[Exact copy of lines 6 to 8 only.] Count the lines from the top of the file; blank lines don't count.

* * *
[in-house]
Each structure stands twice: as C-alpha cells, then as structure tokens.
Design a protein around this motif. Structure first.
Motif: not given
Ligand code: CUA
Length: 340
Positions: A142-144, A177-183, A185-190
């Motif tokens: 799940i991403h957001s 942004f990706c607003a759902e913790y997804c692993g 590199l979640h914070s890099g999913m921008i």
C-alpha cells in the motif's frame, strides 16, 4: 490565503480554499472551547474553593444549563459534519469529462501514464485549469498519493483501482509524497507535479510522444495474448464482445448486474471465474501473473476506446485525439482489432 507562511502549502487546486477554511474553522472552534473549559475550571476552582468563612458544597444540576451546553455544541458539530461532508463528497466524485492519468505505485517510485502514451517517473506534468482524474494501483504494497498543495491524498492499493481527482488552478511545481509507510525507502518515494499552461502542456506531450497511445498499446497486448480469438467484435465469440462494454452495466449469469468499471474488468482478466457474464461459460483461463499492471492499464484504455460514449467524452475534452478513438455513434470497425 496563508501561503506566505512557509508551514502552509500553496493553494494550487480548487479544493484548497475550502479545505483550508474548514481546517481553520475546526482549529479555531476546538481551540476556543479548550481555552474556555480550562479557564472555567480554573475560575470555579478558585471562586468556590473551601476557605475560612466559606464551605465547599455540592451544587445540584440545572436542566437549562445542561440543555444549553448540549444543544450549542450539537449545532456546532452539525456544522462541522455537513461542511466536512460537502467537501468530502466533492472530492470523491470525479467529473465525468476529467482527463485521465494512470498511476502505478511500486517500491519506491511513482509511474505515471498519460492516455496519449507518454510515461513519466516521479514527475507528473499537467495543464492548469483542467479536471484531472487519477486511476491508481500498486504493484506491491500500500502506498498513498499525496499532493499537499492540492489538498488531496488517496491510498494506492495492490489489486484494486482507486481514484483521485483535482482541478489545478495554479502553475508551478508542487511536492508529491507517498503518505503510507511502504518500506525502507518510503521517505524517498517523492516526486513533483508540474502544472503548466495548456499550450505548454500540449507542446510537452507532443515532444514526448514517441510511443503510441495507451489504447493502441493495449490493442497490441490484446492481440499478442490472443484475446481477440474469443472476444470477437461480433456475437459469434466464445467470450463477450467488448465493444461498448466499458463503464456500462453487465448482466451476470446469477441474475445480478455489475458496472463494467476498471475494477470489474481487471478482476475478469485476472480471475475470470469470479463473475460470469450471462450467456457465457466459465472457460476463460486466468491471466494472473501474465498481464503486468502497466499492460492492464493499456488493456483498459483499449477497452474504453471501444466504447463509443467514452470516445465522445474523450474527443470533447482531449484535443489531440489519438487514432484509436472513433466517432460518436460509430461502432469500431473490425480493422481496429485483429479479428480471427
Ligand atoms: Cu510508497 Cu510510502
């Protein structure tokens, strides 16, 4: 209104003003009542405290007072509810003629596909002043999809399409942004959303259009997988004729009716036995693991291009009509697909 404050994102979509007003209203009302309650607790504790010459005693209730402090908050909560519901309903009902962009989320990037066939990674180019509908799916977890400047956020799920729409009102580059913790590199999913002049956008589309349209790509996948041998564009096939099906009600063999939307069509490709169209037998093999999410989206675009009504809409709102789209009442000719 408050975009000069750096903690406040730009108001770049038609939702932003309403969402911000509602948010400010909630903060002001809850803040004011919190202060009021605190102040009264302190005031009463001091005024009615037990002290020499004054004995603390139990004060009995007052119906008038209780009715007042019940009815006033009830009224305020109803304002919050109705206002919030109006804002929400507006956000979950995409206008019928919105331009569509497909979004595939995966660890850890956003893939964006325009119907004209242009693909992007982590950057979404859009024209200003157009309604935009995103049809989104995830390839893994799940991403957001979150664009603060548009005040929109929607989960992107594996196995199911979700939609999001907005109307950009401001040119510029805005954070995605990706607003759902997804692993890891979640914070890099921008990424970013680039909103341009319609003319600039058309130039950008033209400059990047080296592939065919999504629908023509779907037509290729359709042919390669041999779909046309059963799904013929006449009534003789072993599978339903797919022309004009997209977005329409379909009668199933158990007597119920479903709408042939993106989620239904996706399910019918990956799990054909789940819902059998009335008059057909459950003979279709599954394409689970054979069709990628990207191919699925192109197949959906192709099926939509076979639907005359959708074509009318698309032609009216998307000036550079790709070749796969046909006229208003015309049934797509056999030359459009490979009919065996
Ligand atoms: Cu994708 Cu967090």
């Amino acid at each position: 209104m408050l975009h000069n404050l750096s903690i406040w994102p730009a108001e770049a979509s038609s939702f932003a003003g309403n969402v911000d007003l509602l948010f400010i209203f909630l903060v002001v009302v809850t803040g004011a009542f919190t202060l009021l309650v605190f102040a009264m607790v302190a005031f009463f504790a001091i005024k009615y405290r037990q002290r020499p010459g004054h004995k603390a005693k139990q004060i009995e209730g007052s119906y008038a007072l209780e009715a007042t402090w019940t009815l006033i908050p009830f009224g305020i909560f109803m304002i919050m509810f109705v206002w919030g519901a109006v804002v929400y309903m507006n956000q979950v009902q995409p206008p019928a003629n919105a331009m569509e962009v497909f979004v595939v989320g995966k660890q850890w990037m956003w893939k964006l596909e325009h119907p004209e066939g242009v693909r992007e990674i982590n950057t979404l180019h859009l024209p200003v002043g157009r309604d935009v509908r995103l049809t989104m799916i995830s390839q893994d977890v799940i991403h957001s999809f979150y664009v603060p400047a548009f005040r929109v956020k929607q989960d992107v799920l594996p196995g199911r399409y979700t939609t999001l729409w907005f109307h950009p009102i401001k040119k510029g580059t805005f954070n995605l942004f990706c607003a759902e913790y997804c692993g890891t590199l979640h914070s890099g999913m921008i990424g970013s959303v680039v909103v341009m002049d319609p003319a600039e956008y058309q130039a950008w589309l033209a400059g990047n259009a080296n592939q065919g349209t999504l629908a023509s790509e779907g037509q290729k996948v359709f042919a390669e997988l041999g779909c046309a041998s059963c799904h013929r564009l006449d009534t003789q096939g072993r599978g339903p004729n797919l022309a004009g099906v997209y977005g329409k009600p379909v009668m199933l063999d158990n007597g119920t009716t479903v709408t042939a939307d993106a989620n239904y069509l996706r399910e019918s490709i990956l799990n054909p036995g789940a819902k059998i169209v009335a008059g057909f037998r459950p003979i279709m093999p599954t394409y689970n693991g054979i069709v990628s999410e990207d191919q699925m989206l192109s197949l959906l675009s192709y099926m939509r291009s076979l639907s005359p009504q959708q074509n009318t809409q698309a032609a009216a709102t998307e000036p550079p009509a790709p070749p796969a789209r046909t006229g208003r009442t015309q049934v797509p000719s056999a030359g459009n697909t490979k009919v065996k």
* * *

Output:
Length: 340
Positions: A142-144, A177-183, A185-190
């Motif tokens: 799940i991403h957001s 942004f990706c607003a759902e913790y997804c692993g 590199l979640h914070s890099g999913m921008i």